At the 10th Santa Gertrudis World Congress held in Bloemfontein recently, Dr Egon Neufeld, president of Paraguay’s Santa Gertrudis Breeders’ Society, said that South Africa was home to the best Santas in the world (FW, 9 May).
Over the years, explained Neufeld, Santas have been selected for functional and production capabilities in South Africa, resulting in an intermediate type of animal with heavy muscling and a good top line. With this in mind, here is a brief profile of the breed, starting with its history.
In the early 1900s, Robert Kleberg Jr of the King Ranch in the US, was looking to raise superior heavy beef cattle that could thrive in the extreme climatic conditions of south Texas, including high temperatures, meagre pastures plagued by recurrent drought, and an abundance of insect pests and diseases.
In 1910, rancher Thomas O’Connor, donated a Brahman cross Shorthorn bull to the King Ranch. This bull jumped the fence into a pasture with 3 000 Shorthorn cattle heifers.
One of the offspring from this foray, a bull called Chemmera, later proved to be successful in siring hardy offspring suited to the harsh environment. In 1919, Kleberg mated a Brahman bull to a blood-red Shorthorn cow, a descendant of the original O’Connor bull, to yield a dark-red bull of superior quality.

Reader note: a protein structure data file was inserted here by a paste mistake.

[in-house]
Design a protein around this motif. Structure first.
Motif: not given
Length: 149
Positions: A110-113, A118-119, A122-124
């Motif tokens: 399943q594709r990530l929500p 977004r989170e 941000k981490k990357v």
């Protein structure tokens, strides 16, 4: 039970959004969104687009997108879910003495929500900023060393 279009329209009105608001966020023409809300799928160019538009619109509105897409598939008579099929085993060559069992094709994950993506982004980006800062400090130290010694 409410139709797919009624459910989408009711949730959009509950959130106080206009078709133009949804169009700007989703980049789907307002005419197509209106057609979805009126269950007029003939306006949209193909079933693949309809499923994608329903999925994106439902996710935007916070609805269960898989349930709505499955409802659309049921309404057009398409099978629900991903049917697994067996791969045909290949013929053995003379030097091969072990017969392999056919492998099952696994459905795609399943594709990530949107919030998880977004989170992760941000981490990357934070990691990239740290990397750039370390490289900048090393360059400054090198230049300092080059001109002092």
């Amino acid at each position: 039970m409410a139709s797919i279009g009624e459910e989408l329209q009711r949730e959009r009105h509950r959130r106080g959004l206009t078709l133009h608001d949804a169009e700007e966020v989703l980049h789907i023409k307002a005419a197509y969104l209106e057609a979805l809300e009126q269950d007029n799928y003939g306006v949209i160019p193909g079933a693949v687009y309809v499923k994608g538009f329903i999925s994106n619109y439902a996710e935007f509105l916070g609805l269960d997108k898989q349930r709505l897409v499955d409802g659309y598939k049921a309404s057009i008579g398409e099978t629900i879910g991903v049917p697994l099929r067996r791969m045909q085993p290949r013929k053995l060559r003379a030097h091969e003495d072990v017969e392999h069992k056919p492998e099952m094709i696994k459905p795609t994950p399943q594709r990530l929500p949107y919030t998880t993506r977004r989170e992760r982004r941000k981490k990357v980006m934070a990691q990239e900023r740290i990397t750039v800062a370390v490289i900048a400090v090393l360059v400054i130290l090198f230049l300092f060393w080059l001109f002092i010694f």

He was named Monkey, because of his playful nature.
Establishing the breed
The uniform and superior animals Monkey eventually sired became the Santa Gertrudis breed. The name was derived from the old Spanish name, Los Cerros de Santa Gertrudis (the hills of Santa Gertrudis), after the area now occupied by the King Ranch.
The US Department of Agriculture recognised the Santa Gertrudis as an authentic and distinct breed of cattle in 1940.
The breed is considered an exceptionally good non-selective forager, able to cover a lot of ground in search of food and water. With a dark red, smooth coat, well hooded eyes and excellent legs and feet, the breed is deemed well-suited to South Africa’s future livestock development.
On average, mature bulls weigh 900kg or more, while mature cows weigh 530kg. Santa weaners, whether pure or crossbred, consistently excel in feedlot growth tests.
Bull and heifer calves wean at around 230kg, and a daily weight gain of up to 2kg is common.
Santas are sought after for their excellent feedlot performance and high slaughter percentages of up to 65%.
South African Santa Gertrudis breeders are world leaders in breeding for superior feed conversion, with some bulls in growth tests consuming less than 6kg of feed for every 1kg of weight gained.
Between the ages of 13 and 15 years, cows still yield quality calves, and are above-average producers of excellent milk with a high butterfat content.
They also demonstrate good maternal instinct, and one or two cows will watch a group of calves while the others graze to protect their young.
Santa calves are renowned for their low birthweights and rapid weight gain thereafter, and utilise their mothers’ milk well, which is an often overlooked factor in achieving a high weaning weight.
While they demonstrate excellent feedlot performance, Santas can also be marketed from the veld as grassfed beef.